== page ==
Picking "the" dissertation topic

I'll admit it. It took me nearly four years to pick a dissertation topic.

I started looking for a topic in preparation for my master's thesis in 2006. Due to a variety of circumstances, in the end I didn't have to write one. I settled on a dissertation topic in early 2010 and wrote a practice grant to prepare for a full round of applications in the fall, but SURPRISE! I got the first grant I applied to. So there I was in the field by November of the same year the topic was chosen.

How did I come to my dissertation topic? I was doing pre-dissertation fieldwork on political parties during the summer of 2009 and I came to the concerning conclusion that no one cared about political parties in Morocco and neither did I. At the same time, I was living with an Islamic education teacher who worked for the public schools and had a lot to say about recent reforms being made to the curriculum. In the end, I decided to write about the politics of educational reform in Morocco.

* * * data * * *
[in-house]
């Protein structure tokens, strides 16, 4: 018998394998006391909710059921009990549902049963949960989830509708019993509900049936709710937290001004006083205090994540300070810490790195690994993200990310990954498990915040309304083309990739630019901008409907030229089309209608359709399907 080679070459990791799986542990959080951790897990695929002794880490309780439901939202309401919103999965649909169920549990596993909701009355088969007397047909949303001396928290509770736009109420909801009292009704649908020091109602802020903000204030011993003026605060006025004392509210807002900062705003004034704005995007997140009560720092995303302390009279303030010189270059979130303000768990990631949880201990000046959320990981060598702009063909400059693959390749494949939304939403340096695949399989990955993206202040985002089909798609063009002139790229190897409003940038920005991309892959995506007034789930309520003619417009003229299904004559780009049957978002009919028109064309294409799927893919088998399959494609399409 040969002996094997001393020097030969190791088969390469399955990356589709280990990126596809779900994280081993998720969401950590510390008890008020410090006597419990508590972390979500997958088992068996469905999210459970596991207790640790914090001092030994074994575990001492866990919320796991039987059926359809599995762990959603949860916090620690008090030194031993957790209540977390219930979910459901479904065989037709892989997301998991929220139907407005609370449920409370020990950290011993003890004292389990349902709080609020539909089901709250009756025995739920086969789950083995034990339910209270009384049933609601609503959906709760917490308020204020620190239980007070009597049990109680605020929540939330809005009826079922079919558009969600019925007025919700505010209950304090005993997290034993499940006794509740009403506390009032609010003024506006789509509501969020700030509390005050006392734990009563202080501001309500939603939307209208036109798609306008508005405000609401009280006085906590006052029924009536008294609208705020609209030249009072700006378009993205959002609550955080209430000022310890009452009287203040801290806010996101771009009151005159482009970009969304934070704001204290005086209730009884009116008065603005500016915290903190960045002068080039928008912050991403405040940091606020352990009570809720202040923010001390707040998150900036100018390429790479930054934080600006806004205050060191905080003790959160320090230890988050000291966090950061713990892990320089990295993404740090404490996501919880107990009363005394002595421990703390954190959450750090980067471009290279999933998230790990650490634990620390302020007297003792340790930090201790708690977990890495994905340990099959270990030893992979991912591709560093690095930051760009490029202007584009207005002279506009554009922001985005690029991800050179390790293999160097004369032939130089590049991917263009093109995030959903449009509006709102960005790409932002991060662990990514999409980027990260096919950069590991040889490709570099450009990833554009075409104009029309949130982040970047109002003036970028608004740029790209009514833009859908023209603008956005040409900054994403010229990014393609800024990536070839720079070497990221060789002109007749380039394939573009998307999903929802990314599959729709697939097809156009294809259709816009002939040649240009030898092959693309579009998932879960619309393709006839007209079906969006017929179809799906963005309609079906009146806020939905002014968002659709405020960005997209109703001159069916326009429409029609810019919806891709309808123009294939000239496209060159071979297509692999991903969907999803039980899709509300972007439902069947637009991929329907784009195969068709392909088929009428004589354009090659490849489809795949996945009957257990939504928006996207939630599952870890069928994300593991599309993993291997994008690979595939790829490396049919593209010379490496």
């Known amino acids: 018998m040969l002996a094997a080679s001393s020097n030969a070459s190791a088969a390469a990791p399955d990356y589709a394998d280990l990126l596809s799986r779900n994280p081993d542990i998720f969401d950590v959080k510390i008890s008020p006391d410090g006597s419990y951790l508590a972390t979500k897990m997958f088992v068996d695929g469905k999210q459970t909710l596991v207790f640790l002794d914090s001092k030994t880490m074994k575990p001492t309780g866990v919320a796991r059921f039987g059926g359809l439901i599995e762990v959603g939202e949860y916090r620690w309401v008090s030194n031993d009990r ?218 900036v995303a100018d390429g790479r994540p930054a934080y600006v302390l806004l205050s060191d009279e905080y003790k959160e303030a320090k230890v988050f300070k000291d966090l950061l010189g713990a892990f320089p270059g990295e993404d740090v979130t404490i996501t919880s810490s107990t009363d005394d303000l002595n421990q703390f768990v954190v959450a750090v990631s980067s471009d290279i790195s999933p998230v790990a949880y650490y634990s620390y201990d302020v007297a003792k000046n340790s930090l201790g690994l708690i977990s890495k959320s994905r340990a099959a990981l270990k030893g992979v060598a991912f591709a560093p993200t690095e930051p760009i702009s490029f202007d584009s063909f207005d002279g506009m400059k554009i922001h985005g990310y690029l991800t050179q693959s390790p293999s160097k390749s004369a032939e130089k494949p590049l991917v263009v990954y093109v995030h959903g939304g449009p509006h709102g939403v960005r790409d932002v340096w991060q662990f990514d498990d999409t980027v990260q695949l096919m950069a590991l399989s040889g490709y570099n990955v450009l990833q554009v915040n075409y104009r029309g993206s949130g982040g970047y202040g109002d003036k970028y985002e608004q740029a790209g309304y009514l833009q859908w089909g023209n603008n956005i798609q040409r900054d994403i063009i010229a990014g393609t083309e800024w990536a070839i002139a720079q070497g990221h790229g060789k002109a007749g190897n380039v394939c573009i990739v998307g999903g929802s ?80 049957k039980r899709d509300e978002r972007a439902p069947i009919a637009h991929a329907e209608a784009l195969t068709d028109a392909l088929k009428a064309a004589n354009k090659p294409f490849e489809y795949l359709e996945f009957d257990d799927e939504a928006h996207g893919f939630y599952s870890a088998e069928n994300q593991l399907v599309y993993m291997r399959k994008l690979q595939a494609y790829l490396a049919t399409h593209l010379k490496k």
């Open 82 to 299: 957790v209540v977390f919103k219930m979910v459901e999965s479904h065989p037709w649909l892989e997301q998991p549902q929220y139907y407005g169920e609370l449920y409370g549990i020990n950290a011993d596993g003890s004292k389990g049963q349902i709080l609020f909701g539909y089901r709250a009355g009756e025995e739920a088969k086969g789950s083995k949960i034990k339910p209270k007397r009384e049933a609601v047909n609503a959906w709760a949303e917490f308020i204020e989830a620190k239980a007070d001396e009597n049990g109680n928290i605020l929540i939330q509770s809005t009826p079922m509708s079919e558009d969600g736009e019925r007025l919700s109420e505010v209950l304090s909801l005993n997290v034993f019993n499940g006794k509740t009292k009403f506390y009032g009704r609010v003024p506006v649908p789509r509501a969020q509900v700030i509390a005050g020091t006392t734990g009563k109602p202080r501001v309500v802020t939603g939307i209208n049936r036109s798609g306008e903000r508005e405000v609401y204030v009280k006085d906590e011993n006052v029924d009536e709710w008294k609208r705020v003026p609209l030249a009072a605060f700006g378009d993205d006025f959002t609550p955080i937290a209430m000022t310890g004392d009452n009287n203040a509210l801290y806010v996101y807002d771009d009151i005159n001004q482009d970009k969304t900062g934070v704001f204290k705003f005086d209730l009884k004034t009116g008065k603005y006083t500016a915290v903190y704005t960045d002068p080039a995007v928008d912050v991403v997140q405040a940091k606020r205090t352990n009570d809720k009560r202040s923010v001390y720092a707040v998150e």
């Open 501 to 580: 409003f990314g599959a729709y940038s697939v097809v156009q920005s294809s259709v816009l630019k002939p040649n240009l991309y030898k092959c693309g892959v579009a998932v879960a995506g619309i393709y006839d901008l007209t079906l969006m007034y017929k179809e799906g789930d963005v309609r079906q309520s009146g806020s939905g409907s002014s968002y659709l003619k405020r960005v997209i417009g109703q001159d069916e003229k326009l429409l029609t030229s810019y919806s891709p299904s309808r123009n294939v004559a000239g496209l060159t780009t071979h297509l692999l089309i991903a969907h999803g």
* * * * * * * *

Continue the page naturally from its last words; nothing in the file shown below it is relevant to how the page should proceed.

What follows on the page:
But the irony is that, in the end, the politics of educational reform are intimately tied to party politics! I came full circle, but in the end had a much stronger understanding of how party politics shaped the lives of Moroccans, whether or not they were party members.

My experience suggests several lessons:

1. Just pick something. You'll refine it along the way. I would never have gone to the present diss if I hadn't just arbitrarily picked a starting point.

2. Stay open to what other people think and especially those who know more about the subject than you do!

During my pre-dissertation fieldwork, I interacted with a lot of people who expressed their apathy about party politics. They were the ones who helped me realize that I had picked a subject that was interesting to political scientists in America, not political scientists in Morocco. Once I settled on studying educational politics, Moroccan political scientists frequently expressed their jealousy:  "I wish I was writing this paper!" one of my respondents moaned. That was my sign that I had found a subject worthy of my attention. Those who knew the subject best found it interesting.

3. Think about your passions that you don't consider related to your research.

I spent my years in high school writing after-school programming for children the American public schools were failing. I compulsively read articles about the politics of education in America. I am mentally writing the "perfect" elementary school public school curriculum at all times. It makes sense that in the end I was drawn the politics of education.